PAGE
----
Pursuant to subsection 37.1(1) of the Special Import
Measures Act, on February 3, 2015, the Canadian International
Trade Tribunal (CITT) determined that there is reasonable evidence
that the dumping and subsidizing of photovoltaic modules and
laminates from China have caused injury or are threatening to cause
injury to the domestic industry.
The CITT's preliminary injury inquiry followed the
notification, on December 5, 2014, that the Canada Border Services
Agency (CBSA) had initiated an anti-dumping and countervail
investigation into imports of solar panels and solar modules from
China. The CBSA will now continue its inquiry into whether the
goods are being sold at dumped or subsidized prices, and is
expected to issue a preliminary determination of dumping and
subsidy on March 5, 2014. To conduct its inquiry, the CBSA will
request information from importers, exporters, and the foreign
government (in the case of a subsidy investigation), and may visit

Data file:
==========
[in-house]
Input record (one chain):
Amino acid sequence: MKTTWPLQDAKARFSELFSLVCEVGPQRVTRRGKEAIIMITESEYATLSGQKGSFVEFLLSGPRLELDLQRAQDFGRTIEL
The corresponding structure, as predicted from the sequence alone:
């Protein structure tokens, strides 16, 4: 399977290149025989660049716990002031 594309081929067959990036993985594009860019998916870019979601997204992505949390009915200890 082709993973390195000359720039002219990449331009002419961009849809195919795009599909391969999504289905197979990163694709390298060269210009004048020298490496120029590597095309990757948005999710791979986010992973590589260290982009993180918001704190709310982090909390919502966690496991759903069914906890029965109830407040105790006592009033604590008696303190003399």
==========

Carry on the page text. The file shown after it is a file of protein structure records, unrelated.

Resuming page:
these entities to verify responses. Exporters who participate in
the investigation can obtain exporter specific "normal
values", which will determine the amount of duty owing if the
CITT makes a final determination of injury. Exporters who do not
participate will be required to pay a non-cooperative rate of duty,
which may be significantly higher.
If the CBSA makes a preliminary determination of dumping or
subsidy on March 5, 2015, imported goods will be subject to a
provisional duty that will be in effect from the date of the
CBSA's preliminary determination until the CITT issues its
final injury decision. The CBSA will make its final determination
of dumping and/or subsidy within 90 days of its preliminary
determination. The CITT will concurrently undertake its inquiry as
to whether there has been material injury, and will issue a final
determination within 120 days of the CBSA's preliminary
determination of dumping and/or subsidy.
Chinese solar imports are currently subject to duties in Europe
and the US. The CITT preliminary inquiry ruling brings Canada one
step closer towards imposing anti-dumping and subsidizing duties in
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